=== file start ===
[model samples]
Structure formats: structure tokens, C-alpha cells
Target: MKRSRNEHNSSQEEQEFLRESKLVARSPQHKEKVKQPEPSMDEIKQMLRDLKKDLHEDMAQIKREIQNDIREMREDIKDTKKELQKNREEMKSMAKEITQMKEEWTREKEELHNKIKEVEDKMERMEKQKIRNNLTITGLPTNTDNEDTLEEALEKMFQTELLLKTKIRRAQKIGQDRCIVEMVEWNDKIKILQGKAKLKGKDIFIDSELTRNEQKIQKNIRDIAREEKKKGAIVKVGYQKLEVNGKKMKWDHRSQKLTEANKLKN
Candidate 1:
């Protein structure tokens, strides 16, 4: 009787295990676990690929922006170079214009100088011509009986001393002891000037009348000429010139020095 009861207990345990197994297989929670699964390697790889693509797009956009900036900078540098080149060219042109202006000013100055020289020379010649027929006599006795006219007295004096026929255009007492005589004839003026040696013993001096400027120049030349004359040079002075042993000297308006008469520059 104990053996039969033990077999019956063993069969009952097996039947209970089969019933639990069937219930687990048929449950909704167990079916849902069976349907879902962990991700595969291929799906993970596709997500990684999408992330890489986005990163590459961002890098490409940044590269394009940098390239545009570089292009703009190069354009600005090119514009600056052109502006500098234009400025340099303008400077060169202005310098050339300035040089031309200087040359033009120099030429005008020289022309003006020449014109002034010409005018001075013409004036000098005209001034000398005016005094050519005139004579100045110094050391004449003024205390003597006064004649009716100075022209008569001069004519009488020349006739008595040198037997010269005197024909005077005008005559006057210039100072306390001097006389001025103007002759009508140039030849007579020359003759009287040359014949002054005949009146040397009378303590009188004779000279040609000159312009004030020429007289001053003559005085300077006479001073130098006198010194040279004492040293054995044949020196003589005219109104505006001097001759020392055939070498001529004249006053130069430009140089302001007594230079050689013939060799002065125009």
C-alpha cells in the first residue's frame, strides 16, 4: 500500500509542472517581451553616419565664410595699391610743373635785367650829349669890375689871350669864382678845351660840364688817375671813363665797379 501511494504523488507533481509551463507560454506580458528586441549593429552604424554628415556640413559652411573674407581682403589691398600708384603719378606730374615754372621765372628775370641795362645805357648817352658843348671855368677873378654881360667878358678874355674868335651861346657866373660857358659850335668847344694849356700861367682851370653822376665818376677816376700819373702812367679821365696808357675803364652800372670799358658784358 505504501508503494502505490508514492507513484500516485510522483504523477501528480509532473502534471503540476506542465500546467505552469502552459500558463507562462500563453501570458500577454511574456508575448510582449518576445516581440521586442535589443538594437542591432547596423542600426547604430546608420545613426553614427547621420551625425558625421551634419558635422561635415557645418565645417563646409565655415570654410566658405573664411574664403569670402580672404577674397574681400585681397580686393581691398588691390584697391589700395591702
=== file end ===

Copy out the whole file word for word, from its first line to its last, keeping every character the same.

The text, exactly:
[model samples]
Structure formats: structure tokens, C-alpha cells
Target: MKRSRNEHNSSQEEQEFLRESKLVARSPQHKEKVKQPEPSMDEIKQMLRDLKKDLHEDMAQIKREIQNDIREMREDIKDTKKELQKNREEMKSMAKEITQMKEEWTREKEELHNKIKEVEDKMERMEKQKIRNNLTITGLPTNTDNEDTLEEALEKMFQTELLLKTKIRRAQKIGQDRCIVEMVEWNDKIKILQGKAKLKGKDIFIDSELTRNEQKIQKNIRDIAREEKKKGAIVKVGYQKLEVNGKKMKWDHRSQKLTEANKLKN
Candidate 1:
């Protein structure tokens, strides 16, 4: 009787295990676990690929922006170079214009100088011509009986001393002891000037009348000429010139020095 009861207990345990197994297989929670699964390697790889693509797009956009900036900078540098080149060219042109202006000013100055020289020379010649027929006599006795006219007295004096026929255009007492005589004839003026040696013993001096400027120049030349004359040079002075042993000297308006008469520059 104990053996039969033990077999019956063993069969009952097996039947209970089969019933639990069937219930687990048929449950909704167990079916849902069976349907879902962990991700595969291929799906993970596709997500990684999408992330890489986005990163590459961002890098490409940044590269394009940098390239545009570089292009703009190069354009600005090119514009600056052109502006500098234009400025340099303008400077060169202005310098050339300035040089031309200087040359033009120099030429005008020289022309003006020449014109002034010409005018001075013409004036000098005209001034000398005016005094050519005139004579100045110094050391004449003024205390003597006064004649009716100075022209008569001069004519009488020349006739008595040198037997010269005197024909005077005008005559006057210039100072306390001097006389001025103007002759009508140039030849007579020359003759009287040359014949002054005949009146040397009378303590009188004779000279040609000159312009004030020429007289001053003559005085300077006479001073130098006198010194040279004492040293054995044949020196003589005219109104505006001097001759020392055939070498001529004249006053130069430009140089302001007594230079050689013939060799002065125009």
C-alpha cells in the first residue's frame, strides 16, 4: 500500500509542472517581451553616419565664410595699391610743373635785367650829349669890375689871350669864382678845351660840364688817375671813363665797379 501511494504523488507533481509551463507560454506580458528586441549593429552604424554628415556640413559652411573674407581682403589691398600708384603719378606730374615754372621765372628775370641795362645805357648817352658843348671855368677873378654881360667878358678874355674868335651861346657866373660857358659850335668847344694849356700861367682851370653822376665818376677816376700819373702812367679821365696808357675803364652800372670799358658784358 505504501508503494502505490508514492507513484500516485510522483504523477501528480509532473502534471503540476506542465500546467505552469502552459500558463507562462500563453501570458500577454511574456508575448510582449518576445516581440521586442535589443538594437542591432547596423542600426547604430546608420545613426553614427547621420551625425558625421551634419558635422561635415557645418565645417563646409565655415570654410566658405573664411574664403569670402580672404577674397574681400585681397580686393581691398588691390584697391589700395591702